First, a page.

- June 20, 2018
- Posted by: matt
- Category: Blog
Last week, the DC-based Hamilton Project released a number of studies looking at the state of entrepreneurship and business dynamism in the US.Â The core analysis took a deep dive into why US business dynamism is declining.Â Startup rates and firm survival rates are down, and job growth from new firms is also declining.Â Â The researchers point to decreased competition as a core causal factor:Â industry consolidation (especially in formerly small business intensive sectors like retail) and a growth in occupational licensing are among the many factors that make it harder for new firms to start and to gain market traction.Â Â The study also offers a number of small scale recommendations related to occupational licensing as possible means to address these market barriers.Â Â The project also suggests a bigger idea as well—A federalÂ Main Street FundÂ that could make as much as $5 billion available for state investments in entrepreneurs and small businesses.Â Â The fund would be managed by the US Economic Development Administration, with funds provided to states based on population, demographics, and economic activity.Â Â It would also include penalties for states that created major new incentive programs–it is designed to generate new funding tools that support home-grown businesses and prevent inter-state battles for corporate relocations.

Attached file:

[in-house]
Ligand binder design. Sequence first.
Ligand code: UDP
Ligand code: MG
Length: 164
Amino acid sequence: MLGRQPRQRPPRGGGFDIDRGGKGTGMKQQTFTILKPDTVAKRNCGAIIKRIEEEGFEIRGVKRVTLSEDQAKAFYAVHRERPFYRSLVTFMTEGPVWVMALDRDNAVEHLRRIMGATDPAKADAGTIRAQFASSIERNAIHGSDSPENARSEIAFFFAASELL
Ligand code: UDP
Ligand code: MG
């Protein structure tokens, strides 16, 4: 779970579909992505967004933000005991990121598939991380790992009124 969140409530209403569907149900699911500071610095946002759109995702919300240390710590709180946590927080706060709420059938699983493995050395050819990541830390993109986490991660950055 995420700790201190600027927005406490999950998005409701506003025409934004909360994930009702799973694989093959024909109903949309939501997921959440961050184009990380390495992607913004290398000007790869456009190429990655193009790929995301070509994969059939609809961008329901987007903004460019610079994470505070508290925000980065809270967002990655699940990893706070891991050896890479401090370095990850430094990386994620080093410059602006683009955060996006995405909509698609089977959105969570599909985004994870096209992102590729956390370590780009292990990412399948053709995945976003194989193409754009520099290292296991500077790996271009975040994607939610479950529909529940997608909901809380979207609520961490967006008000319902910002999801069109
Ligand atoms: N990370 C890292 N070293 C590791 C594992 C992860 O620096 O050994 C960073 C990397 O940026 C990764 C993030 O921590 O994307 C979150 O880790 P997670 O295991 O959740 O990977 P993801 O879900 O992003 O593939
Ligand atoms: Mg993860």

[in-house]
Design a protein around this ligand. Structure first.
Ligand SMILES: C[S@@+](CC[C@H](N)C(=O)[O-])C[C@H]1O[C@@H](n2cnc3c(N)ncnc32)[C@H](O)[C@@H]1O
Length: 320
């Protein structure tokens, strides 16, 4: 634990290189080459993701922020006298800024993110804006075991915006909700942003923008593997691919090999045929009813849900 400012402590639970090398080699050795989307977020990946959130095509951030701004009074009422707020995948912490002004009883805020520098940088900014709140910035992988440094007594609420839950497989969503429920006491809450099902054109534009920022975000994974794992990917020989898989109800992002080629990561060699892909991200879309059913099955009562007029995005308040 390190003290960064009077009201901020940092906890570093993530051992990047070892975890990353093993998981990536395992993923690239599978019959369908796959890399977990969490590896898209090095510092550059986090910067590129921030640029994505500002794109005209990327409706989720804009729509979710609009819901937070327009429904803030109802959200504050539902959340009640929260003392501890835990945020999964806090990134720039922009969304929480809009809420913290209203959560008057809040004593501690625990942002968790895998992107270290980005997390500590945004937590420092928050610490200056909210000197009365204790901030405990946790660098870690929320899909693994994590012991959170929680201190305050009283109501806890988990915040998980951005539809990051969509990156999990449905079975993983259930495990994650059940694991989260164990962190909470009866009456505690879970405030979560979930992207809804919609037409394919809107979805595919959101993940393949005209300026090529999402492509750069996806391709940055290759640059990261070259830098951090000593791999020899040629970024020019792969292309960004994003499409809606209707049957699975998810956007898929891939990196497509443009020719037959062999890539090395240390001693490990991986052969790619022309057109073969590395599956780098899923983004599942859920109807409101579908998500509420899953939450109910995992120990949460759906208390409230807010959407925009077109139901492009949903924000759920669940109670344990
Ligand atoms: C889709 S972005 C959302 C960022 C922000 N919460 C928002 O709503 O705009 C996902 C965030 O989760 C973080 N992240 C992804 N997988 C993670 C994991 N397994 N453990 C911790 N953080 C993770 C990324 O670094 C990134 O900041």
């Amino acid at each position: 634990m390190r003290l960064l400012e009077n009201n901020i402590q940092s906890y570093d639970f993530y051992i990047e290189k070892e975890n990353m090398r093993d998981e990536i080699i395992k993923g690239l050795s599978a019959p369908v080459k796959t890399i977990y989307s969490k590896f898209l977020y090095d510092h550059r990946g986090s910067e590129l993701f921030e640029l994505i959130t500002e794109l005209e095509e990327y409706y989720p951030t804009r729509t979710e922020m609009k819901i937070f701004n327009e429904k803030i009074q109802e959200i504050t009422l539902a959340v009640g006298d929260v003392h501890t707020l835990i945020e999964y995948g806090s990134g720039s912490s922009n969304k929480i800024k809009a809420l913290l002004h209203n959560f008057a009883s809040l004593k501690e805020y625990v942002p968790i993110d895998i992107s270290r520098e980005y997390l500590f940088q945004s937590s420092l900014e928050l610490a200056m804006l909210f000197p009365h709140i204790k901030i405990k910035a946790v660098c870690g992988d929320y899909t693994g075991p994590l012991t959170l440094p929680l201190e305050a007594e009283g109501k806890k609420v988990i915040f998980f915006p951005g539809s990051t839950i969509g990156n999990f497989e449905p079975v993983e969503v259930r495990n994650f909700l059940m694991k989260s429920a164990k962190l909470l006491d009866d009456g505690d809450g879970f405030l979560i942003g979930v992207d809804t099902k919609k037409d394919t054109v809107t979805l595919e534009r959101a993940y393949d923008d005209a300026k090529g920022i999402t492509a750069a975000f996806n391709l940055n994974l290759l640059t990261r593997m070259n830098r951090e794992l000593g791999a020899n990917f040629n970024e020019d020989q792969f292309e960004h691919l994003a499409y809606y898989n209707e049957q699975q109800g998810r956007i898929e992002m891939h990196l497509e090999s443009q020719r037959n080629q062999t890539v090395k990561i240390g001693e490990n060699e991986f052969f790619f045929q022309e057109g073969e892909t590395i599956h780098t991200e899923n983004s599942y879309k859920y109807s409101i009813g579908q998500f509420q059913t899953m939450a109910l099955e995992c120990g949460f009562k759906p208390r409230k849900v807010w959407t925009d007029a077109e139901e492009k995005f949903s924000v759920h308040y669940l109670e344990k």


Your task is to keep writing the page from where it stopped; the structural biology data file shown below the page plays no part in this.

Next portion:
As a long time advocate for home grown business development and a critic of many tax incentive programs, I’m pleased to see ideas such as the Main Street Fund get some public attention.Â While I question the political feasibility of this idea,Â I like the concept of a data-driven fund that helps fund innovations in entrepreneurial support programs while also discouraging “the war between the states” for corporate headquarters and other facilities.Â This is a debate worth having!